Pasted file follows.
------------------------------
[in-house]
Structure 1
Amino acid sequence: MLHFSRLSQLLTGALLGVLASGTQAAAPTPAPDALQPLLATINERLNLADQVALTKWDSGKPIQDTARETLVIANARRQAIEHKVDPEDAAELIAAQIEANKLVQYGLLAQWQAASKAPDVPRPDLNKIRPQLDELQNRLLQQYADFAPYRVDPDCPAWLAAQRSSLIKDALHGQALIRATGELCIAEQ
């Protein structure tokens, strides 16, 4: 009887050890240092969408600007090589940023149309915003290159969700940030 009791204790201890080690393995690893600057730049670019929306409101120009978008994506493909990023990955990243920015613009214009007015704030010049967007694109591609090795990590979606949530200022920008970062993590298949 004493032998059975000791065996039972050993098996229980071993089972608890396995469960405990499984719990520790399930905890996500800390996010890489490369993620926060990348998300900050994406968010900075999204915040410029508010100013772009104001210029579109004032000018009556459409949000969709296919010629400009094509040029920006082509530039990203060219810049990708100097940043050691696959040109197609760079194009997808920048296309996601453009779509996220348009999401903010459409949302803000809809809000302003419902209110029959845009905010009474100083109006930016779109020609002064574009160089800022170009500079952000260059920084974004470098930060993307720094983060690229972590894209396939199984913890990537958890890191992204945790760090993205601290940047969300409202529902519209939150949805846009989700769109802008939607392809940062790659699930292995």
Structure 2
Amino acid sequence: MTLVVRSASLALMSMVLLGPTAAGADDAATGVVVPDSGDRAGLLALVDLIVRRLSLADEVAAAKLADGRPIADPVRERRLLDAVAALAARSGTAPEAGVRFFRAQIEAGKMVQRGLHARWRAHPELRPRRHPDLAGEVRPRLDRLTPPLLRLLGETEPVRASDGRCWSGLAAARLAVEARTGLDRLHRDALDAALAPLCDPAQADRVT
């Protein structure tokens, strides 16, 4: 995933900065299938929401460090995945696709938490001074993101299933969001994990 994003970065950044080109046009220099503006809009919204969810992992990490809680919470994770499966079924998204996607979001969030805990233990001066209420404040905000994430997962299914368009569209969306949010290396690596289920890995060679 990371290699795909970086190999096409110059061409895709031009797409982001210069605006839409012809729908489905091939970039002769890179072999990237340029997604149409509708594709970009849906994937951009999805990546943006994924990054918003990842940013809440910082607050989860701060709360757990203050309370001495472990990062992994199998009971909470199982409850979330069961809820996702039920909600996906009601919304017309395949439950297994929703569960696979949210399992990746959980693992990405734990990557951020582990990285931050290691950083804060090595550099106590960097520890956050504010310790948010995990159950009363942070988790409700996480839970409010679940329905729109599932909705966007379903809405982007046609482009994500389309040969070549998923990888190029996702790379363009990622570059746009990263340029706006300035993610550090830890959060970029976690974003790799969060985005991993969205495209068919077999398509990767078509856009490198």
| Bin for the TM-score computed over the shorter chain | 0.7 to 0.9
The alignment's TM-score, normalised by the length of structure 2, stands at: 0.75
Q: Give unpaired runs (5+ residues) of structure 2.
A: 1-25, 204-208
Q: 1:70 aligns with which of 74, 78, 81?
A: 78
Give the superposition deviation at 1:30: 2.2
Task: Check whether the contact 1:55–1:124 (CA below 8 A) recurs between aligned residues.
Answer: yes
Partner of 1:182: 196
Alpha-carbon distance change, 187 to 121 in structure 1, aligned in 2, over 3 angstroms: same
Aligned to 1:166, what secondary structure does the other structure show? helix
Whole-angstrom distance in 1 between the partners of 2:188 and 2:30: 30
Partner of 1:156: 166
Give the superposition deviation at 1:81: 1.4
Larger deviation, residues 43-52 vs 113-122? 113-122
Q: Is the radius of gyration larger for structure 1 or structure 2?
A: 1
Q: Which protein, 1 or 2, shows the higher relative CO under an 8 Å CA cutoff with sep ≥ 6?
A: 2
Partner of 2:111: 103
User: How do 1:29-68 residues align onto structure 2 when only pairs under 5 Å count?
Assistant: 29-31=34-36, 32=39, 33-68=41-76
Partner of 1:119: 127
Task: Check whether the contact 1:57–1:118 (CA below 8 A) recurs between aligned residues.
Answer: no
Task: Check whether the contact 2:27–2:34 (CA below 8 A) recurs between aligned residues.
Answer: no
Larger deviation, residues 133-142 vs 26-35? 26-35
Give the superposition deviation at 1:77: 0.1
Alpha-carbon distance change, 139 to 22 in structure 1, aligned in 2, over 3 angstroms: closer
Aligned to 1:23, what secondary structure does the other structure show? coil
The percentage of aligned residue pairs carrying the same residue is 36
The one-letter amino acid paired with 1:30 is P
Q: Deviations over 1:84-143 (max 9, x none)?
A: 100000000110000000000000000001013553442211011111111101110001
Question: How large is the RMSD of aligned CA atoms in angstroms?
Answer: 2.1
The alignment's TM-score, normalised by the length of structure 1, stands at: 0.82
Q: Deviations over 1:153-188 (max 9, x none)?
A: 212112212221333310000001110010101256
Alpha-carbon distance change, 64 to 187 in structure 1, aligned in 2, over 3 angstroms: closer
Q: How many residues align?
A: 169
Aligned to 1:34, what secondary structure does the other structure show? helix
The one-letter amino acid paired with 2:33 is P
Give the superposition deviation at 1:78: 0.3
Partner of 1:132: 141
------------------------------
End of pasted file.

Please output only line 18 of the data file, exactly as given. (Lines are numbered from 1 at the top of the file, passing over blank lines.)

Alpha-carbon distance change, 187 to 121 in structure 1, aligned in 2, over 3 angstroms: same